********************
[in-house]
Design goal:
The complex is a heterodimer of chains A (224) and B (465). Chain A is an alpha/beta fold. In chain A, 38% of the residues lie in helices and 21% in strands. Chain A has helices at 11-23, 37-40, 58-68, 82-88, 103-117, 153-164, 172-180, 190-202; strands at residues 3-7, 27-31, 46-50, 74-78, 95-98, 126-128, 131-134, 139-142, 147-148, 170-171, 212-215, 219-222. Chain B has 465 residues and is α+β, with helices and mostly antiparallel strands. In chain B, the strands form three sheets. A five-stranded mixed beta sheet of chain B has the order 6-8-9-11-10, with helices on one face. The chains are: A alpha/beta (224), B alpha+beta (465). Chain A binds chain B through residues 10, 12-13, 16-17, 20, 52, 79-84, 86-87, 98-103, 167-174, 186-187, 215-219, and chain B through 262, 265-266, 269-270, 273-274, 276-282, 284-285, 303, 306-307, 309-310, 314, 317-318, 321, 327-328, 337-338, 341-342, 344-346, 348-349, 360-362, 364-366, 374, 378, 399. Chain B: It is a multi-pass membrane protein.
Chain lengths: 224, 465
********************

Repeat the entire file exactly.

[in-house]
Design goal:
The complex is a heterodimer of chains A (224) and B (465). Chain A is an alpha/beta fold. In chain A, 38% of the residues lie in helices and 21% in strands. Chain A has helices at 11-23, 37-40, 58-68, 82-88, 103-117, 153-164, 172-180, 190-202; strands at residues 3-7, 27-31, 46-50, 74-78, 95-98, 126-128, 131-134, 139-142, 147-148, 170-171, 212-215, 219-222. Chain B has 465 residues and is α+β, with helices and mostly antiparallel strands. In chain B, the strands form three sheets. A five-stranded mixed beta sheet of chain B has the order 6-8-9-11-10, with helices on one face. The chains are: A alpha/beta (224), B alpha+beta (465). Chain A binds chain B through residues 10, 12-13, 16-17, 20, 52, 79-84, 86-87, 98-103, 167-174, 186-187, 215-219, and chain B through 262, 265-266, 269-270, 273-274, 276-282, 284-285, 303, 306-307, 309-310, 314, 317-318, 321, 327-328, 337-338, 341-342, 344-346, 348-349, 360-362, 364-366, 374, 378, 399. Chain B: It is a multi-pass membrane protein.
Chain lengths: 224, 465